This concludes the series on Samuel Johnson and depression. This quote does not come from Boswell, or even my Zotero “note cards” of Johnsoniana, but from Jack Lynch’s great The Samuel Johnson Sound Bite Page. Originally it was recorded in the “Anecdotes of the Revd. Percival Stockdale”, which was then collected and included in Johnsonian Miscellanies, edited by G.B. Hill.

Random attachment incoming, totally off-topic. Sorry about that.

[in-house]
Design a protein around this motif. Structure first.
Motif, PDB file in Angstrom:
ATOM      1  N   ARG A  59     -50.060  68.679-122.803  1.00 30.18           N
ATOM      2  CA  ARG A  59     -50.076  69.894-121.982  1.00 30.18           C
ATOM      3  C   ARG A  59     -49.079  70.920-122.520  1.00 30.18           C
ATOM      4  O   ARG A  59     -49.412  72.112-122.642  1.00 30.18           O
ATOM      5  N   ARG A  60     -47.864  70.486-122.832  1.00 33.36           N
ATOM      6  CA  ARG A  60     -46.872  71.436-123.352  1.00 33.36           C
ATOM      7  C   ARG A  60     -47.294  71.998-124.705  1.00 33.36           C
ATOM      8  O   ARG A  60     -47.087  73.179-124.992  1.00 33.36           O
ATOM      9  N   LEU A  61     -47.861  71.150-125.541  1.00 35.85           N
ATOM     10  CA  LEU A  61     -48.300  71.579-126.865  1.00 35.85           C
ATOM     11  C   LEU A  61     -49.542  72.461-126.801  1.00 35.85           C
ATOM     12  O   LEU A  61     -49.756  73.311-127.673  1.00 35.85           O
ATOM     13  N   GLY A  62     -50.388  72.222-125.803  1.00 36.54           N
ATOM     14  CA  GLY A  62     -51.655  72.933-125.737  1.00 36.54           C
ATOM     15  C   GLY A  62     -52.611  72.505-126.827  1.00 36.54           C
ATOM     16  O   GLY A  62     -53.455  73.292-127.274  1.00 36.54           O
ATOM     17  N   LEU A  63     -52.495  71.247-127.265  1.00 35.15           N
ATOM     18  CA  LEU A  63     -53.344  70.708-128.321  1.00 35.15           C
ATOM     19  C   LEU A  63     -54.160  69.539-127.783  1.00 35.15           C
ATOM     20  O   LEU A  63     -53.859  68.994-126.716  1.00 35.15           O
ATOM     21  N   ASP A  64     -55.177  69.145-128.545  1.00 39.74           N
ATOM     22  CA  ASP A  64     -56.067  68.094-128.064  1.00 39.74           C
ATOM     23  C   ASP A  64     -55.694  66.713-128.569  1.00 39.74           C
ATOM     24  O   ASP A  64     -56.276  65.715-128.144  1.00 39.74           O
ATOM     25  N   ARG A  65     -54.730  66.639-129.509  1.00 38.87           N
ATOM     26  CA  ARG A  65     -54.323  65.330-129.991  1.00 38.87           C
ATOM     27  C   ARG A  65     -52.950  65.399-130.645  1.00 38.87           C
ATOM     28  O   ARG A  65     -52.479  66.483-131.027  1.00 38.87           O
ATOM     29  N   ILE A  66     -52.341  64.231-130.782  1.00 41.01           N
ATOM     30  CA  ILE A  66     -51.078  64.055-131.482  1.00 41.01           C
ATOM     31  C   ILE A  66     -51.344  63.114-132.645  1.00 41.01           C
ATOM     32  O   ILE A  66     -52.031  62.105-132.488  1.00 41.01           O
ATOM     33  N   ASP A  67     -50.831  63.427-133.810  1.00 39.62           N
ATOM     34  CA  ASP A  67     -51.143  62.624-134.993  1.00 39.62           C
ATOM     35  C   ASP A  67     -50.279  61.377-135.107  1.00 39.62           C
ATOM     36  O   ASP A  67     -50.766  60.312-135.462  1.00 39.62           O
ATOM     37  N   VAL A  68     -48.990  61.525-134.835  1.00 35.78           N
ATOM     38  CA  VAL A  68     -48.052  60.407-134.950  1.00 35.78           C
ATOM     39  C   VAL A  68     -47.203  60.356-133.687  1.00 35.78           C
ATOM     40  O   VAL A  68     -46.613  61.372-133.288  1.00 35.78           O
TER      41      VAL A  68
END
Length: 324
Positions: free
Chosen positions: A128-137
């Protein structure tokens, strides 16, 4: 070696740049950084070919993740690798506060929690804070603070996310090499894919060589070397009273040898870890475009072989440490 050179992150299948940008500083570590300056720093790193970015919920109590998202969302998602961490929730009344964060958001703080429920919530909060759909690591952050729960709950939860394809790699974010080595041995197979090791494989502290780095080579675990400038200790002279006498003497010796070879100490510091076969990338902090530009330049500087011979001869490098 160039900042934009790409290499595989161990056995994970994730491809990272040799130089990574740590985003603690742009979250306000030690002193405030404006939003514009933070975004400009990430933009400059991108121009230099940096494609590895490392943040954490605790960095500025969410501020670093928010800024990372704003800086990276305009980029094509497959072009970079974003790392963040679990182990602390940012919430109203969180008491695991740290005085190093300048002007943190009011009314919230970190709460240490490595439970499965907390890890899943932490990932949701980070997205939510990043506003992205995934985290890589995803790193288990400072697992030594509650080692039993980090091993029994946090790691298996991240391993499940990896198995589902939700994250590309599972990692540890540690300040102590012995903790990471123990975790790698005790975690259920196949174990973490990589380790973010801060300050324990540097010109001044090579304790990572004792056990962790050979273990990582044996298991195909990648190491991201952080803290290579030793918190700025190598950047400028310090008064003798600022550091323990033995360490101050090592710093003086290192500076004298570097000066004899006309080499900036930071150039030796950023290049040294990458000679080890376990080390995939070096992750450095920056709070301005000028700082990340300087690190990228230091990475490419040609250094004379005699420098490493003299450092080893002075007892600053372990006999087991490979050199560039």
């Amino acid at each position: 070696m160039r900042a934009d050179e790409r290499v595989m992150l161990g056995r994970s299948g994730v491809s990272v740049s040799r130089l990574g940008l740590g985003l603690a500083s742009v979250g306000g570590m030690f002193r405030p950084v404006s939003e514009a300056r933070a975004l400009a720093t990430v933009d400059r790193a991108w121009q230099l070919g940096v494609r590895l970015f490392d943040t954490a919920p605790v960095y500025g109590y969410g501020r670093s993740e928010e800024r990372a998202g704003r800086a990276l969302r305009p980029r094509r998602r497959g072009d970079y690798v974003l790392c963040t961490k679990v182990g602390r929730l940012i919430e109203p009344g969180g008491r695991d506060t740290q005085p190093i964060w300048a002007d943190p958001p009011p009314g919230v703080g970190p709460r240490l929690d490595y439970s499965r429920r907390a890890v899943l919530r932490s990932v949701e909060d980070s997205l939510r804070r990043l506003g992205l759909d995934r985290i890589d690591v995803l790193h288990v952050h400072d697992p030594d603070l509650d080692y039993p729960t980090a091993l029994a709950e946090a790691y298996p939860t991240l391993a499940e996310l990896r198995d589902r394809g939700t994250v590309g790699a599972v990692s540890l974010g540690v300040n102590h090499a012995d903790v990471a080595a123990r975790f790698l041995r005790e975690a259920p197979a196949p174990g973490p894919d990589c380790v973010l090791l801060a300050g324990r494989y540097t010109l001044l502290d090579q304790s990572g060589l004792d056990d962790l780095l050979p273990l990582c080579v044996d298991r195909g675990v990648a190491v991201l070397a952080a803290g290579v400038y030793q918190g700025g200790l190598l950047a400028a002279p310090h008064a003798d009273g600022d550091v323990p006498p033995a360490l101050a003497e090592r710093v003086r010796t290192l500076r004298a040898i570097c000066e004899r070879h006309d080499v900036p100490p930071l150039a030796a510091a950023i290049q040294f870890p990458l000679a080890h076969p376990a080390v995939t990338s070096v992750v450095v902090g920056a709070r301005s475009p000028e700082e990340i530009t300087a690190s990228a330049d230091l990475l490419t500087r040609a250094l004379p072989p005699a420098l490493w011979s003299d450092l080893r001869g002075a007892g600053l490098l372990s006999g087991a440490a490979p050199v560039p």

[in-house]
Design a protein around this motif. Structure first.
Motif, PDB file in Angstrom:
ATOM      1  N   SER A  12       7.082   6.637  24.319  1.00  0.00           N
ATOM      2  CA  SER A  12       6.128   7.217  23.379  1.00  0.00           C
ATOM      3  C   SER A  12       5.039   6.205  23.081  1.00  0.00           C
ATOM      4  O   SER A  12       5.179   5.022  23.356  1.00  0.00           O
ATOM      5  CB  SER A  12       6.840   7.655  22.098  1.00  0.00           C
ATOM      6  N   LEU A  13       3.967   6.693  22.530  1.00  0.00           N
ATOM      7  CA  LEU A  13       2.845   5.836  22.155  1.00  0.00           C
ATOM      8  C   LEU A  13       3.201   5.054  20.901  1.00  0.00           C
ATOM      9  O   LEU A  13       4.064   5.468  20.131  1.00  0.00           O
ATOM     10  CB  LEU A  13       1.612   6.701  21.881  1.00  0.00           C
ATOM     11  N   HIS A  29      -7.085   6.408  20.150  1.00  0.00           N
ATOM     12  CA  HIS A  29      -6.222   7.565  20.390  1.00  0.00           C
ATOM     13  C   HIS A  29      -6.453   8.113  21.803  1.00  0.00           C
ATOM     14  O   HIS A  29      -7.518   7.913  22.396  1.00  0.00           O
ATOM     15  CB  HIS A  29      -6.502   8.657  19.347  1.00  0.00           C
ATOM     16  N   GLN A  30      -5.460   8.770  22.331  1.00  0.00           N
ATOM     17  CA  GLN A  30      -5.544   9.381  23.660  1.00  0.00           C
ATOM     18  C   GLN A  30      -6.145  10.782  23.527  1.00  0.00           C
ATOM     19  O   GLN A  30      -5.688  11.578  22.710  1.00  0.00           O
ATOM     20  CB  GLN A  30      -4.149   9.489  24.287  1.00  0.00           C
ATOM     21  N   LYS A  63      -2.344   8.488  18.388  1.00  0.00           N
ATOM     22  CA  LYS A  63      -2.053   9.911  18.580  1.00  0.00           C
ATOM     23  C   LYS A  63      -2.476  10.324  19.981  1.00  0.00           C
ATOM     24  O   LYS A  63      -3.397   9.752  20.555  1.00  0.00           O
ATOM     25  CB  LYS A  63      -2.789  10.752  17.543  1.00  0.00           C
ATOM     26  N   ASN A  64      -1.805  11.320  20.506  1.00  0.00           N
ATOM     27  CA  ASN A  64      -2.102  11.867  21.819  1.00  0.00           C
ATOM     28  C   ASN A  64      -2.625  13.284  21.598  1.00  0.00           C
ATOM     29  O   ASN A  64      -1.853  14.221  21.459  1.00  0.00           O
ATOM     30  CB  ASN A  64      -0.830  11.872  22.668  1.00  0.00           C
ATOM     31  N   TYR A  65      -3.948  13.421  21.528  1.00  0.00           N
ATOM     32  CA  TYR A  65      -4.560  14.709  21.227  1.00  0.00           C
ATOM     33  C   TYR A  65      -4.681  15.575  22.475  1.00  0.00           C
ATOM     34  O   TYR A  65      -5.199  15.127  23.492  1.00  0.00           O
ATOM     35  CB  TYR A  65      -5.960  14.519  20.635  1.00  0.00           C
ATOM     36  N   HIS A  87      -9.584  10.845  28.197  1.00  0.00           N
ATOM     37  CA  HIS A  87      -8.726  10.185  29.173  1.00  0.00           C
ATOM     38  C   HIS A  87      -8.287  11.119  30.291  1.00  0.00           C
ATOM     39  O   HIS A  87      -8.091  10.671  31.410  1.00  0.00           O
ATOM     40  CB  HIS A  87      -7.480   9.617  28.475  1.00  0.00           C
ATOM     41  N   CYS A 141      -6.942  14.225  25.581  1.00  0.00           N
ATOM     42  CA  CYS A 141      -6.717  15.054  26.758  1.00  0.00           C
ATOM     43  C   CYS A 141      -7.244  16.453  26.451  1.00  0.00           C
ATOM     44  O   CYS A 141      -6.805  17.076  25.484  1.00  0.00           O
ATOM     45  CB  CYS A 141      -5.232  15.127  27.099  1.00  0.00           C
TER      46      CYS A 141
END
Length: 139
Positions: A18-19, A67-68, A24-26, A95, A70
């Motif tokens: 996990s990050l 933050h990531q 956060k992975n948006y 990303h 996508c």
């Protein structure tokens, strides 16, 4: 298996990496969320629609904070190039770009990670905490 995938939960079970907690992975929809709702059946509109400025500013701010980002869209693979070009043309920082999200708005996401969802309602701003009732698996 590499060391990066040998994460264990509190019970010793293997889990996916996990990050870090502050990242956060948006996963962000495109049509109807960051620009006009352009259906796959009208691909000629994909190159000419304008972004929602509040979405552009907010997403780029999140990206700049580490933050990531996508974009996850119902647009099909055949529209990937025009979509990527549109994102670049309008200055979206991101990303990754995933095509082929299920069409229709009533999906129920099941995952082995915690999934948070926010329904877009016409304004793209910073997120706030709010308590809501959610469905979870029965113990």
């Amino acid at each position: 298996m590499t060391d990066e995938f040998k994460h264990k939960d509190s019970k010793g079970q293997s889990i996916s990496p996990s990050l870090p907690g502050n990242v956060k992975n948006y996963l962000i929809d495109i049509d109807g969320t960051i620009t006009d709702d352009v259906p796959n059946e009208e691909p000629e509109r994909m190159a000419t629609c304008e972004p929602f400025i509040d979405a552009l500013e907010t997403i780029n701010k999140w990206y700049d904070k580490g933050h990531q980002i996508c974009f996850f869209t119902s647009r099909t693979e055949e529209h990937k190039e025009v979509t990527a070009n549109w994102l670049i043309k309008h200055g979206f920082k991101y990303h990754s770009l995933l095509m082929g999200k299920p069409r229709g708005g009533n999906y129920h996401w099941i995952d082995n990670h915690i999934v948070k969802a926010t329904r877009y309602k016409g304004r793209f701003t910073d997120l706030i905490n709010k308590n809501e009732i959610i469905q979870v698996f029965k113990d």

I called on Dr. Johnson one morning, when Mrs. Williams, the blind lady, was conversing with him. She was telling him where she had dined the day before. “There were several gentlemen there,” said she, “and when some of them came to the tea-table, I found that there had been a good deal of hard drinking.” She closed this observation with a common and trite moral reflection; which, indeed, is very ill-founded, and does great injustice to animals — “I wonder what pleasure men can take in making beasts of themselves.” “I wonder, Madam,” replied the Doctor, “that you have not penetration to see the strong inducement to this excess; for he who makes a beast of himself gets rid of the pain of being a man.”